Tim and The ‘Mudge can provide much deeper insight on the topic of baseball than I ever can. However, for some odd reason, I am hooked on the discussions about the banning of Pete Rose from ever entering the Hall of Fame.
For those of you like me who know little about the history or passion of the game, Rose admitted to betting on games (including those he played in) and was ousted from the game for life. There is no question in anyone’s mind that he would be a shoe-in for the Hall if not for this transgression. The trouble, for me, with this permanent ban from the game is that I believe Charlie Hustle (Rose’s nickname) would rather have lost money on a bet than lose a game. That’s the passion that he played with.
Today, he’s busy signing autographs and watching the game on television. And baseball is worse without him.
USA Today’s John Saraceno captures a quote from Rose that, in my mind, shows Rose’s contrition and absolute passion to help make the game better — for the game, not for Pete Rose:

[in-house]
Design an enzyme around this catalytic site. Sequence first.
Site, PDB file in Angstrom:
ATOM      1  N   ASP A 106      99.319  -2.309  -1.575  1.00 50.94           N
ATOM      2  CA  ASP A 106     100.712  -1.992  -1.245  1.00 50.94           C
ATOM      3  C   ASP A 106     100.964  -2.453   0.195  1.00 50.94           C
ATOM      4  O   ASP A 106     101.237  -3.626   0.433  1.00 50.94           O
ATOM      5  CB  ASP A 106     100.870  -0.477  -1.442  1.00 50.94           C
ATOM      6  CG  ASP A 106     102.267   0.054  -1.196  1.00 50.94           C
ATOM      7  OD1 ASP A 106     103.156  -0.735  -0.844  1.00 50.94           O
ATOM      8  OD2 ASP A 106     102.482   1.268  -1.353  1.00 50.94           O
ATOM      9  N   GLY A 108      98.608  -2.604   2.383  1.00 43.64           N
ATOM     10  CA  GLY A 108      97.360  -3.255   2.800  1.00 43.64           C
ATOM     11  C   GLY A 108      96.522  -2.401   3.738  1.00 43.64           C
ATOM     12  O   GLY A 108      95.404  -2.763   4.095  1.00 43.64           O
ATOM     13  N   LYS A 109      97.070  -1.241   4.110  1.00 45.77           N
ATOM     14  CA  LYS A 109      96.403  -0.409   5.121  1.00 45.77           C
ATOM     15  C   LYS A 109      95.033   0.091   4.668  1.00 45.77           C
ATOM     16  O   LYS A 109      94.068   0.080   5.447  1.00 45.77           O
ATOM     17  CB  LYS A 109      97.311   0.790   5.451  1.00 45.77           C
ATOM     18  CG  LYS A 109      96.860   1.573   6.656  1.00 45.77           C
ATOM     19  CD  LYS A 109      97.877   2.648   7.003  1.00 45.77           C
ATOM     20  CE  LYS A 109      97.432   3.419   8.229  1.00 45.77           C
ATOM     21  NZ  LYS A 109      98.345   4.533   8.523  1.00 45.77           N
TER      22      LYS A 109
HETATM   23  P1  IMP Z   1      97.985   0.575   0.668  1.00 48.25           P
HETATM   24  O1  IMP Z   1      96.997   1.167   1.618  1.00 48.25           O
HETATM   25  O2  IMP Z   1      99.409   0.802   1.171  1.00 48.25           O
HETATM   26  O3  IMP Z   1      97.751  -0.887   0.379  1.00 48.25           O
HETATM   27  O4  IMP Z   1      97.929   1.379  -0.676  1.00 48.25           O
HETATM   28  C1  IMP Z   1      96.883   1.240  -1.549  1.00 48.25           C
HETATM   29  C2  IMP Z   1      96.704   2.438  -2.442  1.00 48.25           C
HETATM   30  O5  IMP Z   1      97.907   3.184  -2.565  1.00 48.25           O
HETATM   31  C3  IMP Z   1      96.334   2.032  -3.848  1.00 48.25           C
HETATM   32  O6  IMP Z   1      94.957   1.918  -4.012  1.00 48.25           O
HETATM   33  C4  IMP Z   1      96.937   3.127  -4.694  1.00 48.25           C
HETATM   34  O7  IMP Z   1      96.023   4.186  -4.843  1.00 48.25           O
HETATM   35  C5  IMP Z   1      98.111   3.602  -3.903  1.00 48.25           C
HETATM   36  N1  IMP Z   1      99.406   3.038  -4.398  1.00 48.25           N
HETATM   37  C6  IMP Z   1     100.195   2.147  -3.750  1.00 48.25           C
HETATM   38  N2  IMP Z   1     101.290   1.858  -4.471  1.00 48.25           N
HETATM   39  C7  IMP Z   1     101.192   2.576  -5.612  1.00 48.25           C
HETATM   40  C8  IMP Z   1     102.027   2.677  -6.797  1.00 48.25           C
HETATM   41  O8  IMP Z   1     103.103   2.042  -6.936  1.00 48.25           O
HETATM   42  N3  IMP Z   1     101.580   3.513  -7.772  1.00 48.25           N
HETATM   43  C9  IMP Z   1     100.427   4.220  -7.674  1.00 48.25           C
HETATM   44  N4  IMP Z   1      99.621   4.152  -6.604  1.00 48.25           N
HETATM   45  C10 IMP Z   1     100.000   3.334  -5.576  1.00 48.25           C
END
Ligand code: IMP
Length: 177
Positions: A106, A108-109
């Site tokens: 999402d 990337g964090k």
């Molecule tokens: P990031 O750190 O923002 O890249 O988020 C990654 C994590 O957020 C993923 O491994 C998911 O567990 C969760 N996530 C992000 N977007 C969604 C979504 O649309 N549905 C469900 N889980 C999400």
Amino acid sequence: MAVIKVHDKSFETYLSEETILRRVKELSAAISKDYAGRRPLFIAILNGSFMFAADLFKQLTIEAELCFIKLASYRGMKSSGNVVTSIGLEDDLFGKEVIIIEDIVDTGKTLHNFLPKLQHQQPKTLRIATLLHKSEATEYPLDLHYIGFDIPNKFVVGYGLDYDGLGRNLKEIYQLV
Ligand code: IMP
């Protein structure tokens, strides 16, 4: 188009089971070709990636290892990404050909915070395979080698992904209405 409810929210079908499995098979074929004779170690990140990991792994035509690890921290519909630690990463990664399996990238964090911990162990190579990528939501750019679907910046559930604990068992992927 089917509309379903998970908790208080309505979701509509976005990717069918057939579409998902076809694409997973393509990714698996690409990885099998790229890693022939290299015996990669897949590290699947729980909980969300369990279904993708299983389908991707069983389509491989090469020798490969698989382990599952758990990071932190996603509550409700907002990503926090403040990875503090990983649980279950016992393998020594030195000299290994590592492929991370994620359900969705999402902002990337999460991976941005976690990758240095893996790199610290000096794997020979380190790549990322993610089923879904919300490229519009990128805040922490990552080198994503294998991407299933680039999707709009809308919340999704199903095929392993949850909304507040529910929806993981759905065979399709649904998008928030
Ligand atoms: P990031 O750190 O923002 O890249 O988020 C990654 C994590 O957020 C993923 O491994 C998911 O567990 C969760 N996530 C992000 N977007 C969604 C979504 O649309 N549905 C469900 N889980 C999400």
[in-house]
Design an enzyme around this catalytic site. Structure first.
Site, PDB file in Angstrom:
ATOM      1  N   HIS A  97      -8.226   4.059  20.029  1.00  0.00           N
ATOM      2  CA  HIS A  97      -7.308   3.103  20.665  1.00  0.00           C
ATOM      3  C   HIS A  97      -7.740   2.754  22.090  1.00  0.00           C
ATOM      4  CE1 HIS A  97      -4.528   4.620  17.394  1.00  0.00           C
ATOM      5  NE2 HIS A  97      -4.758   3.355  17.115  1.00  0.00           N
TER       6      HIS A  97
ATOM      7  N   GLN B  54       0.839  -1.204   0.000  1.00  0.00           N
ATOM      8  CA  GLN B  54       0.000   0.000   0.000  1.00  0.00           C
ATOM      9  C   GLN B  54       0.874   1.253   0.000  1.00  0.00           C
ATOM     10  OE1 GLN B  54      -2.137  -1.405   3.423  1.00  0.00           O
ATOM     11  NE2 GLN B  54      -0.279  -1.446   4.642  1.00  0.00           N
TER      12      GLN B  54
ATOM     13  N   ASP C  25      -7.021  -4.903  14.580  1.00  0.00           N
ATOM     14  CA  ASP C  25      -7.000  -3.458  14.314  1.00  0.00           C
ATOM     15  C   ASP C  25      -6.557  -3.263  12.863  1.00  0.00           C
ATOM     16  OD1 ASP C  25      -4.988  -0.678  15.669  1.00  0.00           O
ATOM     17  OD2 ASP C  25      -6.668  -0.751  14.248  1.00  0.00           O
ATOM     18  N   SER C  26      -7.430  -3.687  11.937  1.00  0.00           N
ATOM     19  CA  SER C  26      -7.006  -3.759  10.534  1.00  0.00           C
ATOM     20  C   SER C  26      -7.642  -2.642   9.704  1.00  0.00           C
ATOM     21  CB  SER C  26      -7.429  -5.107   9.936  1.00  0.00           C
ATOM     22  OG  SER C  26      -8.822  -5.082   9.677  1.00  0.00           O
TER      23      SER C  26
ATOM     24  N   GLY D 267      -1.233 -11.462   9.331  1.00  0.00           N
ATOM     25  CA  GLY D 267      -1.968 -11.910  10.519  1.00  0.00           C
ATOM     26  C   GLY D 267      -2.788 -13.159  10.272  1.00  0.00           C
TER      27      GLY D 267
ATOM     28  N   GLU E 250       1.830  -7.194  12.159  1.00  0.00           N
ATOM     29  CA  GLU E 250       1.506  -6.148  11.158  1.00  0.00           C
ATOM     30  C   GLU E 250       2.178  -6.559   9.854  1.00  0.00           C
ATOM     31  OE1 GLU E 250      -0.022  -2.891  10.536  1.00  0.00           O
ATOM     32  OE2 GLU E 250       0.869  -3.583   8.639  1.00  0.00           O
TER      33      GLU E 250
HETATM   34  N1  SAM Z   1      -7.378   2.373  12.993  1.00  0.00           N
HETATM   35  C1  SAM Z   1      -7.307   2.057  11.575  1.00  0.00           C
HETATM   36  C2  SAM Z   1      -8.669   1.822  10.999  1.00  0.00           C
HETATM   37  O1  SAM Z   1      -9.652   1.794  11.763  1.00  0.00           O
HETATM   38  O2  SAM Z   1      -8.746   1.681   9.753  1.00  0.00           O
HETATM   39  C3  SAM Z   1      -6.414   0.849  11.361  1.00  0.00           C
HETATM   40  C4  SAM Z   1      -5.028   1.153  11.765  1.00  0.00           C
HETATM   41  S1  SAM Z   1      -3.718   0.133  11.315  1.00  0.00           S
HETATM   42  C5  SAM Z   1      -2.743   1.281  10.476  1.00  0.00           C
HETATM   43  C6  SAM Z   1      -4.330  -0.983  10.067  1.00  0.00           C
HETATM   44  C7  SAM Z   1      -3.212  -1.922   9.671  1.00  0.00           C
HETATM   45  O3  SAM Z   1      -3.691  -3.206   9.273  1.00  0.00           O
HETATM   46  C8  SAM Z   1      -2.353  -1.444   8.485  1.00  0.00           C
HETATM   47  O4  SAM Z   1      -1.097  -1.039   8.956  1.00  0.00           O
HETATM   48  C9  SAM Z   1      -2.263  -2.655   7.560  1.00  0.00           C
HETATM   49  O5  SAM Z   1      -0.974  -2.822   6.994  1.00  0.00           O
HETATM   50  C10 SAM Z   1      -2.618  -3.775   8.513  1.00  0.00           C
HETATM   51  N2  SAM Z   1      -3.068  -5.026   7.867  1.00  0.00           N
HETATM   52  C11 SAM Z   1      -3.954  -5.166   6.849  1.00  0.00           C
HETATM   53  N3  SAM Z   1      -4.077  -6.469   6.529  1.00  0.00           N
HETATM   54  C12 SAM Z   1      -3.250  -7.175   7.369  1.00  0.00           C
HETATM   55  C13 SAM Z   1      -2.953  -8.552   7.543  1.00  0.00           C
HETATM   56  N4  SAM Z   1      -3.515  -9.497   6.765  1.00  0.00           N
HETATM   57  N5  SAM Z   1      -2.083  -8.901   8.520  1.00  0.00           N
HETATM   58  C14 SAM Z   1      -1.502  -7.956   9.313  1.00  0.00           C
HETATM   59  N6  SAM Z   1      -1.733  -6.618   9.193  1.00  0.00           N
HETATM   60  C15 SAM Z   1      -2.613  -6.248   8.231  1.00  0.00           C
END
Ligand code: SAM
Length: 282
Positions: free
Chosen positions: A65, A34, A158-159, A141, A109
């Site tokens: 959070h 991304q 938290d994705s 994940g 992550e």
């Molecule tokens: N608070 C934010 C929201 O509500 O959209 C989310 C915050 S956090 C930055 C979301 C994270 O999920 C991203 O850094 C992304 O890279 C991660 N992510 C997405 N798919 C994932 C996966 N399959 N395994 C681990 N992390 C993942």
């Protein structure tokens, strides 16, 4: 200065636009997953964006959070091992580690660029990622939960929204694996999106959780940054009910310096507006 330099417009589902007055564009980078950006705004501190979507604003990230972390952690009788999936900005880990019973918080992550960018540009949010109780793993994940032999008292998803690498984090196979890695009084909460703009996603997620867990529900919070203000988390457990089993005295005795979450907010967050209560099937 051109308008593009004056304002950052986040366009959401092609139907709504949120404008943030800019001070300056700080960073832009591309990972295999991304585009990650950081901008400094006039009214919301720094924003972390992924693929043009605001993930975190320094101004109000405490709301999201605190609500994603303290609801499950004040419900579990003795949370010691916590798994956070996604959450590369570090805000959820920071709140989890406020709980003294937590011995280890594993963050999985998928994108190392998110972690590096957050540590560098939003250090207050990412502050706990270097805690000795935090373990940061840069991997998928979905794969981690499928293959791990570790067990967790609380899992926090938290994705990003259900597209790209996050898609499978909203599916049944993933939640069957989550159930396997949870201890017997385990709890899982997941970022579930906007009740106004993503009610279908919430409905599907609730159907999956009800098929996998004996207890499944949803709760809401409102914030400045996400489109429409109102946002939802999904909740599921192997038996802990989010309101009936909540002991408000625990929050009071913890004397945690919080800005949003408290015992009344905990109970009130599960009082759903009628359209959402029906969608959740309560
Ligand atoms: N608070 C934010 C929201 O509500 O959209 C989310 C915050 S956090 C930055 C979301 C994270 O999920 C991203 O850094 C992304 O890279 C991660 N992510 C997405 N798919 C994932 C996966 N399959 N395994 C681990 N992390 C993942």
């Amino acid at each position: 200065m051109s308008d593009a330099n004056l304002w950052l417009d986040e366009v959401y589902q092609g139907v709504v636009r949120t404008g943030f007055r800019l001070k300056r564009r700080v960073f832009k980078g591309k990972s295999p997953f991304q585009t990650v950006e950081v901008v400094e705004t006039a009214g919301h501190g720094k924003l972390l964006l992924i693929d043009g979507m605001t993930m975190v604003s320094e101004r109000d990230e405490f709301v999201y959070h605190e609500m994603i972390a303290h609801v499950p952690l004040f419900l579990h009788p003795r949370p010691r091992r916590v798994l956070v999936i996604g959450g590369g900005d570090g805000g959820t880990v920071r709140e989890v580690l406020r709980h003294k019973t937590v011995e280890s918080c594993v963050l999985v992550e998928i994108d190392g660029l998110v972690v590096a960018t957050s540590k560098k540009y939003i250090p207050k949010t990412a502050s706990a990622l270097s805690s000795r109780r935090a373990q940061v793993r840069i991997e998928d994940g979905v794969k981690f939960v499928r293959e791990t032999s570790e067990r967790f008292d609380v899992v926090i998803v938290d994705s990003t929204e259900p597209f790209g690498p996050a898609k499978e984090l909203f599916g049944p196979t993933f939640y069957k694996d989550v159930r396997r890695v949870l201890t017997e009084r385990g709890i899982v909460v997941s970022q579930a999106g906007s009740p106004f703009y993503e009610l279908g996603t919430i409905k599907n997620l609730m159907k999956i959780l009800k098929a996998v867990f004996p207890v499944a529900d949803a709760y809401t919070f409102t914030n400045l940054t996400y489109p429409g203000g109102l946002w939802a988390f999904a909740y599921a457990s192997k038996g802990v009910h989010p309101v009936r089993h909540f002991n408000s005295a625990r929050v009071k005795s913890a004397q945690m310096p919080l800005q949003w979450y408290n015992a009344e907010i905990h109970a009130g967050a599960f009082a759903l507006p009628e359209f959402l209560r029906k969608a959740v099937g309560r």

“I’m a teacher. I’m a leader; I’m not a follower. I watch two or three games every day during the baseball season. It drives me crazy when I turn on the TV and see some of these cities, see the empty seats. Every seat at a ballpark is for (a body) every night. That’s why they make ’em.”
“I don’t know,” he says, “but you’d have to think that I’m young enough to get a four- or five-year contract. Obviously, I could make more in some cities. … I don’t want to be arrogant, but if you own a baseball team and you don’t want to win or put people in the seats, don’t call me.”
These are the things that winners and leaders are made of.